I absolutely cannot stand when... - Page 3 - The Horse Forum
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post #21 of 29 Old 03-20-2013, 02:36 AM
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There aren't many things that tick me (apart from obvious violence, mistreatment, malnourishment, bad training methods and blaming the horse), but one thing that gets to me are non horsey people or very green beginners who act as knowitalls and refuse to admit that they might be wrong.

I have come a long way, to surrender my shadow to the shadow of my horse.
/James Wright/
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post #22 of 29 Old 03-20-2013, 02:40 PM
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My experience with kids and a green horse:
I adopted a 9 year old green (was very pushy and rude) Arab mare. She inadvertently ended up becoming my 6 year old son's very first pony/horse. He rides her more than I do and she is much better behaved for him than for me or our trainer. Adults have issues riding her but throw a kid on her and she acts finished. She has recently been put into my trainers lessons program for pretty advanced kids ages 8-14. We never thought she could be a kids horse, I avoided taking kids around her, but my son always watched from the sidelines and somehow over time they bonded. He had no interest in horses let alone riding them until he met Comet. I would have never got my son a green horse or a youngster but if the connection is there, why deny it.

I agree its not something anyone should do but there is always the exception to the rule.

My pet peeve is people passing judgement before knowing the whole story and people stereotyping or lumping people under the same label/judgement.
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post #23 of 29 Old 03-20-2013, 05:17 PM
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Quote:
Originally Posted by LikeaTB View Post
I cannot stand it when people buy yearlings for their 5 year old and say "they can grow up together and teach each other!"

NO, no they cannot grow up together! They can't teach each other; you can't teach what you don't know! Neither can teach one another because they know nothing and therefore have nothing to teach!

Makes me so angry

So, what can't you stand in the horse community?
I totally agree with this - under the circumstance that no one in the family is knowledgeable about horses. I can understand it if say, the parents are going to have the horse trained, and the kid grows up learning how to take care of a horse, etc..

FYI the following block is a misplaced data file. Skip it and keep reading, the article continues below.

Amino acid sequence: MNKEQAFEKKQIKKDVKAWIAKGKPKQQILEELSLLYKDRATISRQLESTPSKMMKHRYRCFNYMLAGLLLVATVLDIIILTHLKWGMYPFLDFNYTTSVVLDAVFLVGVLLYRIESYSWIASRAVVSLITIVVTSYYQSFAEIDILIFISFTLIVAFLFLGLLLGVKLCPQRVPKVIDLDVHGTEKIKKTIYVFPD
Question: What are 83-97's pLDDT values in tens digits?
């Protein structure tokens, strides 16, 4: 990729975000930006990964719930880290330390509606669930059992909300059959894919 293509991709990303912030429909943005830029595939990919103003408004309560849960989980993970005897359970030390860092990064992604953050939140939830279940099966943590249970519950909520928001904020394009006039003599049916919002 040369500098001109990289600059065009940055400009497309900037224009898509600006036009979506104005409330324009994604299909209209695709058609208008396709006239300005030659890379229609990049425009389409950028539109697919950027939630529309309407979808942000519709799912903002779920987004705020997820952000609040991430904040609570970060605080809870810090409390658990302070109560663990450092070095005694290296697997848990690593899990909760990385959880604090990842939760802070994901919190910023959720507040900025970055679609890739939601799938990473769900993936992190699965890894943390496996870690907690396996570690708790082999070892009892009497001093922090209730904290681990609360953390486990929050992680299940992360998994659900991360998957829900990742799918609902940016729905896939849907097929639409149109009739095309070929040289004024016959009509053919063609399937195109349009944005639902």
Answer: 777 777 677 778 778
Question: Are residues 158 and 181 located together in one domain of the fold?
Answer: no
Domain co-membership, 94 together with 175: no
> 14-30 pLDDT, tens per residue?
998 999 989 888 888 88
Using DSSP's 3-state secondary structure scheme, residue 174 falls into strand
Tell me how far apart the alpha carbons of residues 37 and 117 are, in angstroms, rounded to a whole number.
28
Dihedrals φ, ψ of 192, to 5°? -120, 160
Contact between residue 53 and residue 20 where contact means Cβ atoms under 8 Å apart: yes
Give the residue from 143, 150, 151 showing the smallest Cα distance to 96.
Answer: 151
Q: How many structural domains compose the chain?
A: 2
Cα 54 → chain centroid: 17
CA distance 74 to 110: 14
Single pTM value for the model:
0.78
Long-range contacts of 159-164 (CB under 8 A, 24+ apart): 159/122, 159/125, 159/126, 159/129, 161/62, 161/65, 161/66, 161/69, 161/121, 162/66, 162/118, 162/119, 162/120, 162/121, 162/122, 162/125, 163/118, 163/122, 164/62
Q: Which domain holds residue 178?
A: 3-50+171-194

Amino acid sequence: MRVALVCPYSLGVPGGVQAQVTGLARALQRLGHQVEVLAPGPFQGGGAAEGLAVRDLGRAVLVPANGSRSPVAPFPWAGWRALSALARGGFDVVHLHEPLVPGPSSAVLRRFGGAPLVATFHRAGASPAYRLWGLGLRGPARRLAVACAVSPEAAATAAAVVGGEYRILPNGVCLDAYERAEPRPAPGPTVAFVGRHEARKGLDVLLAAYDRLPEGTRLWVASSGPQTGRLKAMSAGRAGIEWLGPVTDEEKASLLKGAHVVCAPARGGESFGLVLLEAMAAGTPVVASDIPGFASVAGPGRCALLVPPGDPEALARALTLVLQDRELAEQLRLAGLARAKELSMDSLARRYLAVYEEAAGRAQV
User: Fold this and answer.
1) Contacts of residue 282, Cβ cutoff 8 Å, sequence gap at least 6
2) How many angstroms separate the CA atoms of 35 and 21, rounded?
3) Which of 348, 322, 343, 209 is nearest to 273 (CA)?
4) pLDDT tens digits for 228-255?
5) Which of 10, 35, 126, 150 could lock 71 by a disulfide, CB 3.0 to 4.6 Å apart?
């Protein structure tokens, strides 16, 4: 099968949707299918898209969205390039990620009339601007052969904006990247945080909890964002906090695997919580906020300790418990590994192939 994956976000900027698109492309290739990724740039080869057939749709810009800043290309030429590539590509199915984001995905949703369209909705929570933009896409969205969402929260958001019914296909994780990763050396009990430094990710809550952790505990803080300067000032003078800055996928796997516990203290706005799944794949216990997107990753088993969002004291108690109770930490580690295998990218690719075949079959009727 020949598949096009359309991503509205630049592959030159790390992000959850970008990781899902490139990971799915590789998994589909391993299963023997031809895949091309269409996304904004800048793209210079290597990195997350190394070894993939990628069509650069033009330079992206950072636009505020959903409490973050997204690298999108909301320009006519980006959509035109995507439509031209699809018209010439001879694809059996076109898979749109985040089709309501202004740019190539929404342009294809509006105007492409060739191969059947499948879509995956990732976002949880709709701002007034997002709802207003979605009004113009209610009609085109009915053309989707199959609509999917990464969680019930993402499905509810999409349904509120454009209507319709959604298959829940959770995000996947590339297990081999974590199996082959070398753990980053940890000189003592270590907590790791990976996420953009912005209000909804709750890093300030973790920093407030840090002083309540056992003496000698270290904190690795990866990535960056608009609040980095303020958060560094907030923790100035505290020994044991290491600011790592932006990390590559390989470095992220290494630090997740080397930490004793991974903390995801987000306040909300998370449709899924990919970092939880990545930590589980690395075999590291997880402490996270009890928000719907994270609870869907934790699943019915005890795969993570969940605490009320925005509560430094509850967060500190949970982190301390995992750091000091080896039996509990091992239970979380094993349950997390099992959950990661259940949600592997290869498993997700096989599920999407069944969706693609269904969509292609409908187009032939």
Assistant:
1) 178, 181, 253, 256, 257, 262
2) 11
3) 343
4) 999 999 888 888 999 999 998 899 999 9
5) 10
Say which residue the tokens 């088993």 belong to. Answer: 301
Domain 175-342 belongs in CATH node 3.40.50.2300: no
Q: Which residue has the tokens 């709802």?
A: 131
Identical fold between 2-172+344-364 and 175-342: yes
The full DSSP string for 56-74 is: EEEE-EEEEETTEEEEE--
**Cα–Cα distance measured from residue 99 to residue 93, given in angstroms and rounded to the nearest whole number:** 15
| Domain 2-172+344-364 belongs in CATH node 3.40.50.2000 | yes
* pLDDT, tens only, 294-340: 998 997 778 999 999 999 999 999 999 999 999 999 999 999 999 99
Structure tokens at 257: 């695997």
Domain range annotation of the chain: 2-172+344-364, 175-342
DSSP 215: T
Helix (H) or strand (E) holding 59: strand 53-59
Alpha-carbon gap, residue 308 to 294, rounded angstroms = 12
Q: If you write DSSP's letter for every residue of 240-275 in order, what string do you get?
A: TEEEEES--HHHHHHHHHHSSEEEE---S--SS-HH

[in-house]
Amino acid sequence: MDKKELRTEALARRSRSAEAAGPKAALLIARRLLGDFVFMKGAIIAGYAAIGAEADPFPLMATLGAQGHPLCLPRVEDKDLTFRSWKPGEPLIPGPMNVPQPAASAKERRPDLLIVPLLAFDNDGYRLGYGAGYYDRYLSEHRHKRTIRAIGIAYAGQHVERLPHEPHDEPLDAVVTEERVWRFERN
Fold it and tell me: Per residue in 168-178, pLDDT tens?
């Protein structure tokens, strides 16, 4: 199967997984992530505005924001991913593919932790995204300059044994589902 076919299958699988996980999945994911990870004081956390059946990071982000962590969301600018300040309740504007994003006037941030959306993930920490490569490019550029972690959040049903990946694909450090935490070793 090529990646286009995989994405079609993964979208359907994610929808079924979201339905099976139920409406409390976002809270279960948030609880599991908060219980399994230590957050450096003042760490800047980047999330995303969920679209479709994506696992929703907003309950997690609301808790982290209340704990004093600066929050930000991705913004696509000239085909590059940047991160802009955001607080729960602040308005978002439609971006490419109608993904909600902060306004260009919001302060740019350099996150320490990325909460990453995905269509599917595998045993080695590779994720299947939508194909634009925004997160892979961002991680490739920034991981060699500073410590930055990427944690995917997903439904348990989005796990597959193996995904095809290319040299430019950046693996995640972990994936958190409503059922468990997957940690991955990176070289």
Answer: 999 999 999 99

BUT. This situation just happened to me, and in a way I should've known better, but I got sort of talked into it, and I'm really kicking myself for it now!!
I had a gorgeous 6 year old palomino mare, who I had used as my trail horse since she was two. Great trail horse, really broke, but I had really been the only one to ride her except the trainer who put the first 60 days on her. Well, I ended up getting into cutting, and needed money to help buy a cutting horse, so I finally decided that I may be willing to sell her (I was still torn if I actually wanted to or not). Anyways, a 9 year old girl, who was a very novice rider, and is the niece of my trainer, called me up to come look at her, because she wanted a trail horse, and loved the fact that I had a palomino. I told her right away that my mare was probably not a kids horse. She had never had any kids ride her, so I did not know how she would handle it, although she was very broke. Well, the girl and her parents were very insistent they wanted to come see her, so I finally caved. The little girl rode her around my arena and actually did surprisingly well with her. (Keep in mind the parents know nothing about horses, and the girl had only had some basic lessons). I was still torn about selling her, but they were insistent that she would have a good home, and that the girl's uncle (my trainer) would keep them going in lessons, blah blah. AND THAT THEY WANTED A HORSE SHE COULD GROW UP WITH. I had a 19 year old mare I showed them that would've been a perfect first horse, but they didn't want something SO OLD.

Anyways, I'm rambling, but I'll get to the part as to why I'm really kicking myself for this one...

Not two months after I sold my mare to her - she started getting interested in cutting (her uncle is a cutting trainer). She started riding his old timer cutting horse and taking lessons, and slowly started to ignore the mare I sold her. Fast forward about 6 months - the palomino mare basically became a pasture ornament, so they decided to put her up for sale so they could buy the girl a cutting horse instead!!! The mare tested her a little bit, and being a novice rider, she did not know how to handle a horse that didn't just plod along and do whatever you asked. I was very upset, because by this time, I had bought a new horse, and there is no way I could afford to buy her back. Luckily, the mare did go to a knowledgeable home, with a lady who brought her to a trainer, and she is learning how to become a team penner and will get lots of love and attention.

Moral of the story, I learned my lesson. Young horses do not mix well with novice horse families/novice riders, and I should've known better.
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post #24 of 29 Old 03-20-2013, 07:56 PM Thread Starter
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Originally Posted by cowgirlnay View Post